Matthew has some secrets of his own; he is a demon hunter. He suspects Ally’s healing powers could benefit him. He wants her to join him and thinks they’d make a great team.
Can Ally trust him or is he just using her? Matthew definitely has more secrets, and some of them are about Ally.
As the car crested the hill and its sound receded into the distance, I began to feel foolish. Had I really just hid from someone who might have come to my house for help? I sighed and stepped out of the bushes onto the packed dirt of the road then walked around the back side of the house. Shanda joined me, scrabbling and then leaping down from an apple tree. I didn’t see any note when I got to the side door.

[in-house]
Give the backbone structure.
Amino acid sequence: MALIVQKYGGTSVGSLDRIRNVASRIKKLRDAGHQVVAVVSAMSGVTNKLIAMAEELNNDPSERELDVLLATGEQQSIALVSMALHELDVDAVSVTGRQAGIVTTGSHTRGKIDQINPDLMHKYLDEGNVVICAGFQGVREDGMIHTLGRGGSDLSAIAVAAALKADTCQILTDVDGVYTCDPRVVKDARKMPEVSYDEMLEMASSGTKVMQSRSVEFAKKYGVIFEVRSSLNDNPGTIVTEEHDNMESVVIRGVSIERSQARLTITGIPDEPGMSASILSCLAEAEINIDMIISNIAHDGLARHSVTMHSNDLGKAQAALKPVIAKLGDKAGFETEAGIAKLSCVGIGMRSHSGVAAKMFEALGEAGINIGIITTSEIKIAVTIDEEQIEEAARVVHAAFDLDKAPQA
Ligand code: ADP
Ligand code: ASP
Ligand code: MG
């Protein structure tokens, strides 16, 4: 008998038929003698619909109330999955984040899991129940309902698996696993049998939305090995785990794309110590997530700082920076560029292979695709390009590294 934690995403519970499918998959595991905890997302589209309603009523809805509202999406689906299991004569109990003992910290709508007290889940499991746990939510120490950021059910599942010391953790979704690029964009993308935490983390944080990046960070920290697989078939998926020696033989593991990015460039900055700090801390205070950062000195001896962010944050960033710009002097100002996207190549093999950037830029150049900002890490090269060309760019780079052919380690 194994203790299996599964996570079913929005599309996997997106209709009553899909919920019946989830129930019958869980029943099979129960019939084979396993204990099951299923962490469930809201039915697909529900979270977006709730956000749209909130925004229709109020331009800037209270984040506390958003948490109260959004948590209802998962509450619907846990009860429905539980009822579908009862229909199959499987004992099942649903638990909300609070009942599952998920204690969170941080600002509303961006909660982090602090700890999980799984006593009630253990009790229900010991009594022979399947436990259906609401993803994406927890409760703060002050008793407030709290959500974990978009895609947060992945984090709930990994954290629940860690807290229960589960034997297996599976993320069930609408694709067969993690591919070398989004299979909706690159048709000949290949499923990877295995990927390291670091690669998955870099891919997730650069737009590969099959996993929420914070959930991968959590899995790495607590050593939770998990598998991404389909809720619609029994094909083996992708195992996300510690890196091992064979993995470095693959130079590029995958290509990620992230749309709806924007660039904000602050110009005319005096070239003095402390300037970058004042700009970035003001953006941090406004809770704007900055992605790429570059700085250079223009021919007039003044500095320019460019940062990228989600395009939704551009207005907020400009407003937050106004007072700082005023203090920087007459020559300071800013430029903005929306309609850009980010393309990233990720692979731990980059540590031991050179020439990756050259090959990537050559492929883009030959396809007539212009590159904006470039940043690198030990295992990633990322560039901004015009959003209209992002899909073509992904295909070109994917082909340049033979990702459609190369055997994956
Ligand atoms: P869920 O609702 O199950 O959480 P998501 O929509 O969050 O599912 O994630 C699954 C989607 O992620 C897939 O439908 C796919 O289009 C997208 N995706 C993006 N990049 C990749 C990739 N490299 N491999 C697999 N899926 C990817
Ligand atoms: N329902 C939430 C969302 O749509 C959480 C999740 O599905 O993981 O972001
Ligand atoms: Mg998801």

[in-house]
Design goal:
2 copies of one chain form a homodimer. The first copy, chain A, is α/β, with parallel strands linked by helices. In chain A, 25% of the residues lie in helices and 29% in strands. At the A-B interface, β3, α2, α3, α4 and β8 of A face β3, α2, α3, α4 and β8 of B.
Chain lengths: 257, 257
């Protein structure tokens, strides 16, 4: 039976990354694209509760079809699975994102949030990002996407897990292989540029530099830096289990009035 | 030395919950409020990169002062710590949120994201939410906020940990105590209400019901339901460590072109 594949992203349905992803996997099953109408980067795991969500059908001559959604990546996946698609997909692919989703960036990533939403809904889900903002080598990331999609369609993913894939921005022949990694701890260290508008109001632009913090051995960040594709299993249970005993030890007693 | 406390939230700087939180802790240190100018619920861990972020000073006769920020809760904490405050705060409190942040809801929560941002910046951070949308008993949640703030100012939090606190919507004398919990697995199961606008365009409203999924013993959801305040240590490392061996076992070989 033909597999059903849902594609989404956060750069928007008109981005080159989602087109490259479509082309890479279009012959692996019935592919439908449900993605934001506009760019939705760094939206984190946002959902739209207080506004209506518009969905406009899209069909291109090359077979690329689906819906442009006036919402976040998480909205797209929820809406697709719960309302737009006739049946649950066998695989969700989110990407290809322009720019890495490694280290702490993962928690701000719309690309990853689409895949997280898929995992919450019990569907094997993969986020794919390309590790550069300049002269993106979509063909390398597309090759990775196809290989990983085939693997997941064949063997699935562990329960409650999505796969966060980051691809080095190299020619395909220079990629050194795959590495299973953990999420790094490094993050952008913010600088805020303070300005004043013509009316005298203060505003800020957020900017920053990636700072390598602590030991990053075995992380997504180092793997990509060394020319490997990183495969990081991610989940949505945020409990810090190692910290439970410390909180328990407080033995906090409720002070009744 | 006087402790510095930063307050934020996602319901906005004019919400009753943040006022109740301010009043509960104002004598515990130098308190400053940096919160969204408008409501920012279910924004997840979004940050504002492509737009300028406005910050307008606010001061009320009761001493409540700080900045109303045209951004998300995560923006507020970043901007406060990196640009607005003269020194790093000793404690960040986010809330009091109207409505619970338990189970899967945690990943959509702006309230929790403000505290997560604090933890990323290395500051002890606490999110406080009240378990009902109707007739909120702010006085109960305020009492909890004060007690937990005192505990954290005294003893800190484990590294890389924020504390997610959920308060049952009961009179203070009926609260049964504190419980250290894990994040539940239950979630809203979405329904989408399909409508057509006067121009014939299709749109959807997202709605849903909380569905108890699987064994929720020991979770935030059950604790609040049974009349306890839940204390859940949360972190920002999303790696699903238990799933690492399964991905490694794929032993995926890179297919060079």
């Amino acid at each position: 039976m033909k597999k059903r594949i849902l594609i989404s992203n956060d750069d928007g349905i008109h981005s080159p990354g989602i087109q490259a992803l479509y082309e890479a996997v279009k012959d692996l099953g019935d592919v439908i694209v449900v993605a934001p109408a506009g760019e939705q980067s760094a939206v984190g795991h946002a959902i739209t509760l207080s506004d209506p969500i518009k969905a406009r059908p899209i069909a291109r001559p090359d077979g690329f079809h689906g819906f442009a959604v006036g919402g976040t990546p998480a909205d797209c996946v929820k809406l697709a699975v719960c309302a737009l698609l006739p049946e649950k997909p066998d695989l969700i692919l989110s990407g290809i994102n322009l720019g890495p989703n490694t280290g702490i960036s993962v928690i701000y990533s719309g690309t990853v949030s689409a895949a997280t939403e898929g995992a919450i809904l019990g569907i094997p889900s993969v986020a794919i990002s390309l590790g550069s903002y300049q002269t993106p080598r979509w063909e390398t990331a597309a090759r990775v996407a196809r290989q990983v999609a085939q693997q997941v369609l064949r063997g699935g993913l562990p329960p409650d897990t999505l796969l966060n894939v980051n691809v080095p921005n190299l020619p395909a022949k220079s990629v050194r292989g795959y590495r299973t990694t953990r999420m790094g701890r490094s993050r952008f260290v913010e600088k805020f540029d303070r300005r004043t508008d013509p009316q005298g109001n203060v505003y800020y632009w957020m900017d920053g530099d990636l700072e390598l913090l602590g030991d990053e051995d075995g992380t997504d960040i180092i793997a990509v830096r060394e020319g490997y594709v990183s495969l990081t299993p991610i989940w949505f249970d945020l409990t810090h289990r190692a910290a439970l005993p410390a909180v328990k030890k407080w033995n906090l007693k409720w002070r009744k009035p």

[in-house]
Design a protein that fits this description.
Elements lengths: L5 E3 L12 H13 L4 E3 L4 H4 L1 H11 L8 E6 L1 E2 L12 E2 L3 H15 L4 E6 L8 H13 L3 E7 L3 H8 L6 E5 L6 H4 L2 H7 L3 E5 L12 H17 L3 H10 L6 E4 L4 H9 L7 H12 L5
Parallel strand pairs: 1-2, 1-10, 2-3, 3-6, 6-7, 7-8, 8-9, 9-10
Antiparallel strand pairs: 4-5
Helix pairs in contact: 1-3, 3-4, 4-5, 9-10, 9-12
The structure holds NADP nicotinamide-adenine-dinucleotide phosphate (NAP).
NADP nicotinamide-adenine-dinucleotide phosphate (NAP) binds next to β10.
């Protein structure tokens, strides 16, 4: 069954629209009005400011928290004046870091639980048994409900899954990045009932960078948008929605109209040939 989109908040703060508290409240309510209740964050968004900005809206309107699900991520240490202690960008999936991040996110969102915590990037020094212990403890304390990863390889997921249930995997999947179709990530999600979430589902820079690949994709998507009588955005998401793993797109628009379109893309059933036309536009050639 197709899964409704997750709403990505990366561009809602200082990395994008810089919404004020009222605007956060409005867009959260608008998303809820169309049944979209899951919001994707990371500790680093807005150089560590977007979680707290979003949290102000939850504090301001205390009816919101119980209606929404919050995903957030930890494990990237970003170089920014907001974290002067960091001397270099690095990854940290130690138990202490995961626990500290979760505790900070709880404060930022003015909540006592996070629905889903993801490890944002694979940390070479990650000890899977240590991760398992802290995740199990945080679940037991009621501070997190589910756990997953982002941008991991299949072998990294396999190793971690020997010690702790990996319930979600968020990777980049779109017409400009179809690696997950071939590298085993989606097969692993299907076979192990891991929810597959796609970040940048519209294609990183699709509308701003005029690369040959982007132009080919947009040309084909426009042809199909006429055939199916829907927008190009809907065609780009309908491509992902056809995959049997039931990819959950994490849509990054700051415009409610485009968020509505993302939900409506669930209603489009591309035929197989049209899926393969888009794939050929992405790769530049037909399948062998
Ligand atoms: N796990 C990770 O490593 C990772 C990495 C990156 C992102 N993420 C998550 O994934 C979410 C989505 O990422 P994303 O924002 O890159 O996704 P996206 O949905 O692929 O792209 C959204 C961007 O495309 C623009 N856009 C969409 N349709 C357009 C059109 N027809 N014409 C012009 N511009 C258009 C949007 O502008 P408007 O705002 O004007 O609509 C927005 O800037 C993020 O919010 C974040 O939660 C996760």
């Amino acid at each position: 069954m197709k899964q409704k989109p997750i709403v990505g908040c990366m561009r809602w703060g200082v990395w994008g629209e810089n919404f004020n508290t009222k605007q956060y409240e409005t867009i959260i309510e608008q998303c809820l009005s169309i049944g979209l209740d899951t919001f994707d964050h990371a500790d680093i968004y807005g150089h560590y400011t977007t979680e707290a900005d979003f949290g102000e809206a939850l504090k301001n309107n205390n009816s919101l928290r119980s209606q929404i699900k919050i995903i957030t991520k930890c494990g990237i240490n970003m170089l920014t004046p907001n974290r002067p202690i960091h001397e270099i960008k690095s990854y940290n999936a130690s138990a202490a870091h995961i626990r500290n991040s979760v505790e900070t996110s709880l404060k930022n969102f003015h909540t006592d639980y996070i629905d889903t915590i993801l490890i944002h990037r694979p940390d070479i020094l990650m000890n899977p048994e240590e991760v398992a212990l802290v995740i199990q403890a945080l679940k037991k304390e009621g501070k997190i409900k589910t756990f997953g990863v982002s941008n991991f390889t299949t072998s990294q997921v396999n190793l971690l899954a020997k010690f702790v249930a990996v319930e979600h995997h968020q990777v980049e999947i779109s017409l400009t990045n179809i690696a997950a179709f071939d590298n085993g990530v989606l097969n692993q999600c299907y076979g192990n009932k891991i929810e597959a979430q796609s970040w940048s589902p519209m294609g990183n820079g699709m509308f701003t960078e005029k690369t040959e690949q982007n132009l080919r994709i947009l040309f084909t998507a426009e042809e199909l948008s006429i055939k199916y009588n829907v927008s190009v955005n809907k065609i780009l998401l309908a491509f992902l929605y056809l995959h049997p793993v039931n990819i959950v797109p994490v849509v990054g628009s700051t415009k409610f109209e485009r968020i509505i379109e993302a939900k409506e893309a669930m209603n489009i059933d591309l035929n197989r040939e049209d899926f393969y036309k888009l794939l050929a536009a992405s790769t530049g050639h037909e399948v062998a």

She preceded me inside. In the kitchen, I was assaulted by a strange smell, like rotten eggs. “What the hell?” Shanda had already turned around and started scratching to be let out again as if she’d forgotten something important she had to do. Had whoever it was been inside? I let her out, then opened the rest of the windows to air the place out.
The smell was most pronounced in the kitchen, but there was no spot of concentration. It hung in the air, like pipe smoke. I didn’t find anything out of place as I inspected my home, so I made sure the doors were all locked. Somebody had come into my home, somebody who had smelled distinctly odd, and not left a note.
The smell reminded me of something which set off alarm bells throughout my body, yet I couldn’t remember what. There was a wall between me and the memory that I couldn’t see over. I kept searching for it, like a word on the tip of my tongue. I finally put it out of my mind, knowing when I concentrated on something else, it would come.